I’ll return to AKP if ‘yes’ votes prevail in referendum: President Erdoğan
Vahap Munyar – RIYADHPresident Recep Tayyip Erdoğan has said he will return to the ruling Justice and Development Party (AKP) if the “yes” side prevails in the upcoming referendum that will decide whether the current parliamentary system should be shifted to an executive presidency.
“When the ‘yes’ votes emerge from the referendum, an opportunity for me to register with the party [again] will be born,” Erdoğan told journalists in a plane upon his return from official visits to Bahrain, Saudi Arabia and Qatar.
Turkey will have two years to shift to the presidential system if the charter amendments are accepted in the referendum on April 16.
When asked whether he has a plan for the following two years, Erdoğan said the transition process should be prepared appropriately.
“We need to prepare the transition process appropriately. For instance, the initial step for the transition to a president being a party member could be in that period. When the referendum results in a ‘yes’ vote, the opportunity for us to become party members will be born. There is no situation that would present an obstacle against it. The process to become party members will be able to start. Of course, this is a transition process aimed at 2019. It would be way more beneficial for our country to prepare for 2019 by evaluating the process this way,” he also said.
Noting that the process was continuing without any obstacles in terms of governance, Erdoğan said preparing society for the system was of great significance through the legalization of the de facto situation, just as was proposed by opposition Nationalist Movement Party (MHP) leader Devlet Bahçeli last year.
Erdoğan also said legal regulations would be implemented after the referendum before 2019.
“Of course there will be legal regulations. With these regulations, we will have the opportunity to get rid of the deadlocks wherever they are in a more relaxed way. The current government and the parliament will take the necessary steps regarding that point by being more sensitive and careful,” he said.
During his interview, Erdoğan was asked what his plans were for the referendum campaign.
“Last week we visited [the Central Anatolian province of] Aksaray, and [the southern province of Mersin] before that. On Feb. 17, we will visit [the southern province of] Kahramanmaraş, on Feb. 18 we will visit [the eastern provinces of] Elazığ and Malatya and on Feb. 19 we will visit [the southeastern provinces of] Adıyaman and Gaziantep. We will continue our visits gradually. In addition, we have visits to foreign countries,” he said.
Erdoğan said that they were planning to visit all 30 metropolises.
“We want to carry out a double campaign with ourselves and the prime minister. Hopefully we will visit foreign countries. We will visit Germany, Belgium and the Netherlands. Maybe we can visit one of the Scandinavian countries,” he said.
Moreover, Erdoğan also denied that the “no” side was facing any pressure in trying to conduct its campaign.
“I really have a hard time understanding this. Such a thing cannot happen. The pollsters are making their evaluations each night on TV. They are debating all the evaluations of the results of the polls with our writer friends there. There are and will be both ‘no’ and ‘yes’ voters. It wouldn’t be right to present the existence of those defending ‘yes’ as a pressure against those who will vote ‘no.’ Of course we will say what we think. Whether it is I, Bahçeli or the prime minister; we are using our democratic right, which is holy for us, and speak in the squares and on TV,” he said.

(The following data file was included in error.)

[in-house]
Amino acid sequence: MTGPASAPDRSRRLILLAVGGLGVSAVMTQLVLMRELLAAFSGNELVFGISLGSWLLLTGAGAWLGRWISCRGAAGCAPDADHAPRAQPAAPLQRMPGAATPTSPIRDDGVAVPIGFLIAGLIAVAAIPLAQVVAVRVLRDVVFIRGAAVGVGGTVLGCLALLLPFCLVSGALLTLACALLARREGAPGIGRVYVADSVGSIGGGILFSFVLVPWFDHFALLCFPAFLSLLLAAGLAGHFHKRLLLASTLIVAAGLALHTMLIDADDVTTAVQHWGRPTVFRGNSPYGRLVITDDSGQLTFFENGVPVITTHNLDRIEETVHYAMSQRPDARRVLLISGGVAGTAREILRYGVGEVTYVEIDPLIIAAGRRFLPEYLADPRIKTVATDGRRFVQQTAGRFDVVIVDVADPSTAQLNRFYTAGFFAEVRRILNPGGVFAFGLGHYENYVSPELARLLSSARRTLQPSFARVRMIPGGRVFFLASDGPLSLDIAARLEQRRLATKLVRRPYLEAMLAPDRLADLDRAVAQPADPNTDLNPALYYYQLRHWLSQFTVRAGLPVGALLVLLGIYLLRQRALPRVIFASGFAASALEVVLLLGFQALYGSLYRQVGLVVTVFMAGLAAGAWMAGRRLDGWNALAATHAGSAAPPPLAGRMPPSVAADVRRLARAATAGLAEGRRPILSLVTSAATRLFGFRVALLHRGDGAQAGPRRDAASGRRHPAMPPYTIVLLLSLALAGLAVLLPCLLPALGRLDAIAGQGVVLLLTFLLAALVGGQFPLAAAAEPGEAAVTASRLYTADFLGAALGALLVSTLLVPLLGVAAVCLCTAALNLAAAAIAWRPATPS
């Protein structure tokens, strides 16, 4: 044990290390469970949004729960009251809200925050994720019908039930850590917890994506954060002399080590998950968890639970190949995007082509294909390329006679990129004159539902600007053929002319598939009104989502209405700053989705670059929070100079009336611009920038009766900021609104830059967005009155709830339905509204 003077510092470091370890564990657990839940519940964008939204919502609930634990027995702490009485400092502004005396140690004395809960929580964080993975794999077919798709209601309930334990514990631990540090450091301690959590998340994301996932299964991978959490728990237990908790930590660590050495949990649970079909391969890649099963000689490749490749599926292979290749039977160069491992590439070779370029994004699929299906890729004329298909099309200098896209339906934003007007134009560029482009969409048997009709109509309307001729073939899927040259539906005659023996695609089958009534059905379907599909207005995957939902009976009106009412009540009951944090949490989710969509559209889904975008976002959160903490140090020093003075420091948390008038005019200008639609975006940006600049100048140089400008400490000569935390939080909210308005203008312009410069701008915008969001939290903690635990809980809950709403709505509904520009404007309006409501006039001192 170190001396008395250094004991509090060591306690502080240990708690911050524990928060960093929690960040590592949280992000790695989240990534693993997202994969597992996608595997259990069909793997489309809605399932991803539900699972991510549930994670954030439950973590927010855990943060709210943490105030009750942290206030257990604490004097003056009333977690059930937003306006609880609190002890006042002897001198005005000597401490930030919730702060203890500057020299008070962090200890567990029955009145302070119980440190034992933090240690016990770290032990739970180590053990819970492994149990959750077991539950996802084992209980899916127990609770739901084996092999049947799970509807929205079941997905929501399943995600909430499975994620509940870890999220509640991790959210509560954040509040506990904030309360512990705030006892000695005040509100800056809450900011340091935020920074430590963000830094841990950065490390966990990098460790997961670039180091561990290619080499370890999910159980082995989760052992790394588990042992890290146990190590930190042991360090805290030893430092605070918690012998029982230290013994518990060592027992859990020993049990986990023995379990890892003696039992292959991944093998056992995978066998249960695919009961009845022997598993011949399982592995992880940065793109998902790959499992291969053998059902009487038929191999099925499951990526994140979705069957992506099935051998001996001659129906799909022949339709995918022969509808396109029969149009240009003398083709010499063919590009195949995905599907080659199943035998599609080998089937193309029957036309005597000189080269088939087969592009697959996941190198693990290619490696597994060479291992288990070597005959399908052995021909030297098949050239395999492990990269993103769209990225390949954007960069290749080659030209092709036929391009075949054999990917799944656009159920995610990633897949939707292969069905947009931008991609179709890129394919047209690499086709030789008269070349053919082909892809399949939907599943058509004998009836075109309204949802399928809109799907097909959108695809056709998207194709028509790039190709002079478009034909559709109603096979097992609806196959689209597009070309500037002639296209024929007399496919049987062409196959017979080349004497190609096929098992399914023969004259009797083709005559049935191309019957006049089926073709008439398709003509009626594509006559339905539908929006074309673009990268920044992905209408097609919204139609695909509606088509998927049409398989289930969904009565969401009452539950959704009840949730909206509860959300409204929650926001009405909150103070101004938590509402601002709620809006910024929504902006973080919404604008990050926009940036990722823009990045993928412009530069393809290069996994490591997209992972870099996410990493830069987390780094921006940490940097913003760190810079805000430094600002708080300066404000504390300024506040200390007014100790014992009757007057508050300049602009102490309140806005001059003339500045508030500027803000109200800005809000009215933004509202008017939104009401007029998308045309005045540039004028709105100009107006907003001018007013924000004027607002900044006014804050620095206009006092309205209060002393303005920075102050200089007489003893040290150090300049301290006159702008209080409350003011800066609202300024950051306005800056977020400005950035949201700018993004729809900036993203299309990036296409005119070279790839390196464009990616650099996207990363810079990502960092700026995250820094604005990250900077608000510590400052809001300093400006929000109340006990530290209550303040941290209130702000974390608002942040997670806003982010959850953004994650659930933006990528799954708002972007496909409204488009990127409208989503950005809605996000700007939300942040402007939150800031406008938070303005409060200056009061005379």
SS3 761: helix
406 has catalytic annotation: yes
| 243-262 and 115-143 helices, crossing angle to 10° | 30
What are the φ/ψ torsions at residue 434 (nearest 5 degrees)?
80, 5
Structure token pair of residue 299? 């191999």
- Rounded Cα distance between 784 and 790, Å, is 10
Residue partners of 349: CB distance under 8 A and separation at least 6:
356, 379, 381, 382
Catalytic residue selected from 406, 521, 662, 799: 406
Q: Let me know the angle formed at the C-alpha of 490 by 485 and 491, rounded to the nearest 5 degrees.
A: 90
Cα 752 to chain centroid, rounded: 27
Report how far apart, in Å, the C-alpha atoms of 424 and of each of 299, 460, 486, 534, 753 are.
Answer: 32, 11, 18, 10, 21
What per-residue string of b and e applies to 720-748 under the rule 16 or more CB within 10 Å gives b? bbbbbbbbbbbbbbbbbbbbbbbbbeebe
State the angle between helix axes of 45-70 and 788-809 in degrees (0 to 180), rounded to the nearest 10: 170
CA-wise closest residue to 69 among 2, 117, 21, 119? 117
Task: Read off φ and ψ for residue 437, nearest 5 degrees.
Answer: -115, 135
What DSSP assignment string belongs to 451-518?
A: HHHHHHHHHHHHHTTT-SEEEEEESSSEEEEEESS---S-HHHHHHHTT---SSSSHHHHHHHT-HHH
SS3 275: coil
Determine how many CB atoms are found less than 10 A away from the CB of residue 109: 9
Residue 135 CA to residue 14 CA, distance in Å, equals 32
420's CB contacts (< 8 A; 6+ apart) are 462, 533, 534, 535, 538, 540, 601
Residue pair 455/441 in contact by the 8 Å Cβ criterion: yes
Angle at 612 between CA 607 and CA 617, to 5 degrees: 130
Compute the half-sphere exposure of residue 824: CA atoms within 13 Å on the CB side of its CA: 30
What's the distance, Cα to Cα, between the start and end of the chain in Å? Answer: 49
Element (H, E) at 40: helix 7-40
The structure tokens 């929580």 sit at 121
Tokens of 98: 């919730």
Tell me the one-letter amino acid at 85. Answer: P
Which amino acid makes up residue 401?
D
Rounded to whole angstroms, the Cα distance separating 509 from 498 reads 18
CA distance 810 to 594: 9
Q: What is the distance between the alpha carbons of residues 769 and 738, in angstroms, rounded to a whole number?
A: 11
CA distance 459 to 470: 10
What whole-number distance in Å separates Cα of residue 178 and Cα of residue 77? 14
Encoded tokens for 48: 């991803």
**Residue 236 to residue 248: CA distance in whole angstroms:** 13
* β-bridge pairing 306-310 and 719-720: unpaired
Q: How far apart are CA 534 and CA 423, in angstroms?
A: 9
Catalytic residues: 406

“It would be wrong to prevent our right to do so with the excuse that it would pressure naysayers. We have no intention of applying pressure on ‘no’ voters. However, there is no goodness in saying ‘no,’ and we have the right to say that,” he added.
Commenting on the debate on branding naysayers as “terrorists,” Erdoğan said they had to look at who is saying “no.”
“We need to look at who is saying ‘no’ for sure. Who is on the side of those saying ‘no?’ For instance the mountain [Kandil Mountains in northern Iraq known as the headquarters of the outlawed Kurdistan Workers’ Party (PKK)] is saying ‘no.’ The HDP [Peoples’ Democratic Party], who entered the parliament with their support, is also saying ‘no.’ Is it possible to claim the opposite of the aforementioned facts? It’s not,” he also said.
Erdoğan also commented on the lifting of lawmakers’ parliamentary immunities.
“What was the HDP saying in the streets? ‘Lift the immunities,’ they said. We lifted the immunities of the entire parliament. Some lawmakers went [to the police] and gave their testimonies courteously, and so the judiciary gave its judgement on them. However, some of them escaped. There are those who are abroad. What happened to those who were apprehended? Some of them were arrested and some of them are waiting for the judicial process. Now, for example, they are saying ‘no’ now,” he said.
Turkey’s parliament passed a controversial bill on May 17, 2016, that would strip dozens of deputies of their parliamentary immunity, with 348 supporting the bill in the 550-seat parliament.
Erdoğan also said the main opposition Republican Peoples’ Party (CHP) was acting with the HDP, calling it consent for “evil.”
“For me, the difference between saying ‘yes’ and ‘no’ is as clear as that. I believe that we should be sensitive on this point,” he added.